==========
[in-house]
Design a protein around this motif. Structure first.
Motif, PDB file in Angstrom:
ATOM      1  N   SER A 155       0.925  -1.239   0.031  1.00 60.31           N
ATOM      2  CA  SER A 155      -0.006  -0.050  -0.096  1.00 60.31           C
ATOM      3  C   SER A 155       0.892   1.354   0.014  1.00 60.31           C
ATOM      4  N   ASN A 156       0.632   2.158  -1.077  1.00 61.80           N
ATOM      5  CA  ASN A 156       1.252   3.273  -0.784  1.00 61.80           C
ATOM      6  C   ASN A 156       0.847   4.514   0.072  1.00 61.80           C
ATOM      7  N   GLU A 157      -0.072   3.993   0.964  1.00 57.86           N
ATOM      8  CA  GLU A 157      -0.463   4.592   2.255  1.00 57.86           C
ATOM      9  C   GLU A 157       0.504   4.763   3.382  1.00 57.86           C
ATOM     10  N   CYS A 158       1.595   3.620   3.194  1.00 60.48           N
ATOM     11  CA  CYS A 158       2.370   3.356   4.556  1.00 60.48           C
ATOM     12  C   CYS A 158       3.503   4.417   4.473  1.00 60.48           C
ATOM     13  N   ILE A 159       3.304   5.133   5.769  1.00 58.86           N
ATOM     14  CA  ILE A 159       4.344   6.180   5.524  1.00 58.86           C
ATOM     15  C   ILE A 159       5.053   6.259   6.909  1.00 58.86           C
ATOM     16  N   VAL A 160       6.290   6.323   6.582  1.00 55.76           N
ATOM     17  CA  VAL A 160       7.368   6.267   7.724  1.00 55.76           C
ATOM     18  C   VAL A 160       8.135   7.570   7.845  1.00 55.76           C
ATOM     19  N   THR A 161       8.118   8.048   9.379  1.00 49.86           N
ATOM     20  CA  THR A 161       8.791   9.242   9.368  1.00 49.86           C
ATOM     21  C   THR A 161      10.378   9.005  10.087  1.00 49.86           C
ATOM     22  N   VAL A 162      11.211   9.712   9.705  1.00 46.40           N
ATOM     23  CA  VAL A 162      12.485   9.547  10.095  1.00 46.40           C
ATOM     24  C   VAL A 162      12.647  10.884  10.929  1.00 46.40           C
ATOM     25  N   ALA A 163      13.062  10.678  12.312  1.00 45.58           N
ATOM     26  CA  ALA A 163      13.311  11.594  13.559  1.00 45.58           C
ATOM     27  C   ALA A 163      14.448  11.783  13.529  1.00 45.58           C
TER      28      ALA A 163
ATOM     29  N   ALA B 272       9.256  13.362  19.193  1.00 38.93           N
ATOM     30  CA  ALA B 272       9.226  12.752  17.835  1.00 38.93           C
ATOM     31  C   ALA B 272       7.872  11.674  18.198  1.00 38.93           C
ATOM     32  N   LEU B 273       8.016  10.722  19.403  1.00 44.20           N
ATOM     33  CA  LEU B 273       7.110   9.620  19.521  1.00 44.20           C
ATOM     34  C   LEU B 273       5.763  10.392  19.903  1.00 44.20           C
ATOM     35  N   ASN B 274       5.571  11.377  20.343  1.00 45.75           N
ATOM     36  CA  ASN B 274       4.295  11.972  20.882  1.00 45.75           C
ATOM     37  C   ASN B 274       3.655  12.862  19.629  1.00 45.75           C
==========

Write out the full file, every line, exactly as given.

[in-house]
Design a protein around this motif. Structure first.
Motif, PDB file in Angstrom:
ATOM      1  N   SER A 155       0.925  -1.239   0.031  1.00 60.31           N
ATOM      2  CA  SER A 155      -0.006  -0.050  -0.096  1.00 60.31           C
ATOM      3  C   SER A 155       0.892   1.354   0.014  1.00 60.31           C
ATOM      4  N   ASN A 156       0.632   2.158  -1.077  1.00 61.80           N
ATOM      5  CA  ASN A 156       1.252   3.273  -0.784  1.00 61.80           C
ATOM      6  C   ASN A 156       0.847   4.514   0.072  1.00 61.80           C
ATOM      7  N   GLU A 157      -0.072   3.993   0.964  1.00 57.86           N
ATOM      8  CA  GLU A 157      -0.463   4.592   2.255  1.00 57.86           C
ATOM      9  C   GLU A 157       0.504   4.763   3.382  1.00 57.86           C
ATOM     10  N   CYS A 158       1.595   3.620   3.194  1.00 60.48           N
ATOM     11  CA  CYS A 158       2.370   3.356   4.556  1.00 60.48           C
ATOM     12  C   CYS A 158       3.503   4.417   4.473  1.00 60.48           C
ATOM     13  N   ILE A 159       3.304   5.133   5.769  1.00 58.86           N
ATOM     14  CA  ILE A 159       4.344   6.180   5.524  1.00 58.86           C
ATOM     15  C   ILE A 159       5.053   6.259   6.909  1.00 58.86           C
ATOM     16  N   VAL A 160       6.290   6.323   6.582  1.00 55.76           N
ATOM     17  CA  VAL A 160       7.368   6.267   7.724  1.00 55.76           C
ATOM     18  C   VAL A 160       8.135   7.570   7.845  1.00 55.76           C
ATOM     19  N   THR A 161       8.118   8.048   9.379  1.00 49.86           N
ATOM     20  CA  THR A 161       8.791   9.242   9.368  1.00 49.86           C
ATOM     21  C   THR A 161      10.378   9.005  10.087  1.00 49.86           C
ATOM     22  N   VAL A 162      11.211   9.712   9.705  1.00 46.40           N
ATOM     23  CA  VAL A 162      12.485   9.547  10.095  1.00 46.40           C
ATOM     24  C   VAL A 162      12.647  10.884  10.929  1.00 46.40           C
ATOM     25  N   ALA A 163      13.062  10.678  12.312  1.00 45.58           N
ATOM     26  CA  ALA A 163      13.311  11.594  13.559  1.00 45.58           C
ATOM     27  C   ALA A 163      14.448  11.783  13.529  1.00 45.58           C
TER      28      ALA A 163
ATOM     29  N   ALA B 272       9.256  13.362  19.193  1.00 38.93           N
ATOM     30  CA  ALA B 272       9.226  12.752  17.835  1.00 38.93           C
ATOM     31  C   ALA B 272       7.872  11.674  18.198  1.00 38.93           C
ATOM     32  N   LEU B 273       8.016  10.722  19.403  1.00 44.20           N
ATOM     33  CA  LEU B 273       7.110   9.620  19.521  1.00 44.20           C
ATOM     34  C   LEU B 273       5.763  10.392  19.903  1.00 44.20           C
ATOM     35  N   ASN B 274       5.571  11.377  20.343  1.00 45.75           N
ATOM     36  CA  ASN B 274       4.295  11.972  20.882  1.00 45.75           C
ATOM     37  C   ASN B 274       3.655  12.862  19.629  1.00 45.75           C